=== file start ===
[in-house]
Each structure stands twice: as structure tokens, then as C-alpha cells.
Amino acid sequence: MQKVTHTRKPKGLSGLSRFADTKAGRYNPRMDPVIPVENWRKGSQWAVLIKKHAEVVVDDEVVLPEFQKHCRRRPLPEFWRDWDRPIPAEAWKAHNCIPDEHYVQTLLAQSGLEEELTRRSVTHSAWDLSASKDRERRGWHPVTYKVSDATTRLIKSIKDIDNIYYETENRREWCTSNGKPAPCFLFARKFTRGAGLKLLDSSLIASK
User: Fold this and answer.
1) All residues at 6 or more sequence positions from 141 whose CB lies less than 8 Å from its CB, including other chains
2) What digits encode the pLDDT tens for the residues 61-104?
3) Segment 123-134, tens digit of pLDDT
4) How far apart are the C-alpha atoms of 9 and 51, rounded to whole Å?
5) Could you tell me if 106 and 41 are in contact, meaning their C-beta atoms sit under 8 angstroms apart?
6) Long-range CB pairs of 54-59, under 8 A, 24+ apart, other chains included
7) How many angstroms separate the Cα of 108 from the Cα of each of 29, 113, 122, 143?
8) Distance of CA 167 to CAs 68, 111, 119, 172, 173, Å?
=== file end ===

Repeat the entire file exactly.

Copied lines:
[in-house]
Each structure stands twice: as structure tokens, then as C-alpha cells.
Amino acid sequence: MQKVTHTRKPKGLSGLSRFADTKAGRYNPRMDPVIPVENWRKGSQWAVLIKKHAEVVVDDEVVLPEFQKHCRRRPLPEFWRDWDRPIPAEAWKAHNCIPDEHYVQTLLAQSGLEEELTRRSVTHSAWDLSASKDRERRGWHPVTYKVSDATTRLIKSIKDIDNIYYETENRREWCTSNGKPAPCFLFARKFTRGAGLKLLDSSLIASK
User: Fold this and answer.
1) All residues at 6 or more sequence positions from 141 whose CB lies less than 8 Å from its CB, including other chains
2) What digits encode the pLDDT tens for the residues 61-104?
3) Segment 123-134, tens digit of pLDDT
4) How far apart are the C-alpha atoms of 9 and 51, rounded to whole Å?
5) Could you tell me if 106 and 41 are in contact, meaning their C-beta atoms sit under 8 angstroms apart?
6) Long-range CB pairs of 54-59, under 8 A, 24+ apart, other chains included
7) How many angstroms separate the Cα of 108 from the Cα of each of 29, 113, 122, 143?
8) Distance of CA 167 to CAs 68, 111, 119, 172, 173, Å?